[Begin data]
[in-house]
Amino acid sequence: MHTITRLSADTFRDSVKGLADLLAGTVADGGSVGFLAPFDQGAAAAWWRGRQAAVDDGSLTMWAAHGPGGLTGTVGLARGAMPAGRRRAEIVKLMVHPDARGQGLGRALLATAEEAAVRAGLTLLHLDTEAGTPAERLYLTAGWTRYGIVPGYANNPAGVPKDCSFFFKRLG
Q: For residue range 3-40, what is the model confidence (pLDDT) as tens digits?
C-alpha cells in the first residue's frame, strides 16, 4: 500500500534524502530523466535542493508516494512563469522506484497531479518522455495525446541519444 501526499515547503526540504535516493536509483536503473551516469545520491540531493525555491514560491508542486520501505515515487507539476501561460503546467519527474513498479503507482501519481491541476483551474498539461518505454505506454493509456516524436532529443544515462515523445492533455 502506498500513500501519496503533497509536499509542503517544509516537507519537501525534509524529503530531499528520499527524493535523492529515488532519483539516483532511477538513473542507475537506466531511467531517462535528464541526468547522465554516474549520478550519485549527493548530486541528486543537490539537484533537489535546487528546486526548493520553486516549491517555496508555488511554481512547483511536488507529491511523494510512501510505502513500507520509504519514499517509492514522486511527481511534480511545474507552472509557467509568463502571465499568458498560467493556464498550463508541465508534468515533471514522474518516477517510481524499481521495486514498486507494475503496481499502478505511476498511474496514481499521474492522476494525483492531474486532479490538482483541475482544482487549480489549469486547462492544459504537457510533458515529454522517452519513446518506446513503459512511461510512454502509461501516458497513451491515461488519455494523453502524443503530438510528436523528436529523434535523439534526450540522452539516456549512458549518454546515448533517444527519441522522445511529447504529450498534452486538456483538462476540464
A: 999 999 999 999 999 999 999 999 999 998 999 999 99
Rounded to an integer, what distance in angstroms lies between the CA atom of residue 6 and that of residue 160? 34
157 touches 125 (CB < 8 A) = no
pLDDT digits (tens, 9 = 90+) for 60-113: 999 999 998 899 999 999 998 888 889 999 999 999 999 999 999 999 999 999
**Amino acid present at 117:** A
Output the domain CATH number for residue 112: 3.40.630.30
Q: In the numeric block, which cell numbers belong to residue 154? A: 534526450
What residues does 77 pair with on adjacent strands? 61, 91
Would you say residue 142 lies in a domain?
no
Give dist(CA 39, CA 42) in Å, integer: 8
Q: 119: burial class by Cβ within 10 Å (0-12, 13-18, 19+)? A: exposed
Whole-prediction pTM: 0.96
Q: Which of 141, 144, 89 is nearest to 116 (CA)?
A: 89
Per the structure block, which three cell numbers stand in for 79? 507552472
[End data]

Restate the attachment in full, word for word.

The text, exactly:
[in-house]
Amino acid sequence: MHTITRLSADTFRDSVKGLADLLAGTVADGGSVGFLAPFDQGAAAAWWRGRQAAVDDGSLTMWAAHGPGGLTGTVGLARGAMPAGRRRAEIVKLMVHPDARGQGLGRALLATAEEAAVRAGLTLLHLDTEAGTPAERLYLTAGWTRYGIVPGYANNPAGVPKDCSFFFKRLG
Q: For residue range 3-40, what is the model confidence (pLDDT) as tens digits?
C-alpha cells in the first residue's frame, strides 16, 4: 500500500534524502530523466535542493508516494512563469522506484497531479518522455495525446541519444 501526499515547503526540504535516493536509483536503473551516469545520491540531493525555491514560491508542486520501505515515487507539476501561460503546467519527474513498479503507482501519481491541476483551474498539461518505454505506454493509456516524436532529443544515462515523445492533455 502506498500513500501519496503533497509536499509542503517544509516537507519537501525534509524529503530531499528520499527524493535523492529515488532519483539516483532511477538513473542507475537506466531511467531517462535528464541526468547522465554516474549520478550519485549527493548530486541528486543537490539537484533537489535546487528546486526548493520553486516549491517555496508555488511554481512547483511536488507529491511523494510512501510505502513500507520509504519514499517509492514522486511527481511534480511545474507552472509557467509568463502571465499568458498560467493556464498550463508541465508534468515533471514522474518516477517510481524499481521495486514498486507494475503496481499502478505511476498511474496514481499521474492522476494525483492531474486532479490538482483541475482544482487549480489549469486547462492544459504537457510533458515529454522517452519513446518506446513503459512511461510512454502509461501516458497513451491515461488519455494523453502524443503530438510528436523528436529523434535523439534526450540522452539516456549512458549518454546515448533517444527519441522522445511529447504529450498534452486538456483538462476540464
A: 999 999 999 999 999 999 999 999 999 998 999 999 99
Rounded to an integer, what distance in angstroms lies between the CA atom of residue 6 and that of residue 160? 34
157 touches 125 (CB < 8 A) = no
pLDDT digits (tens, 9 = 90+) for 60-113: 999 999 998 899 999 999 998 888 889 999 999 999 999 999 999 999 999 999
**Amino acid present at 117:** A
Output the domain CATH number for residue 112: 3.40.630.30
Q: In the numeric block, which cell numbers belong to residue 154? A: 534526450
What residues does 77 pair with on adjacent strands? 61, 91
Would you say residue 142 lies in a domain?
no
Give dist(CA 39, CA 42) in Å, integer: 8
Q: 119: burial class by Cβ within 10 Å (0-12, 13-18, 19+)? A: exposed
Whole-prediction pTM: 0.96
Q: Which of 141, 144, 89 is nearest to 116 (CA)?
A: 89
Per the structure block, which three cell numbers stand in for 79? 507552472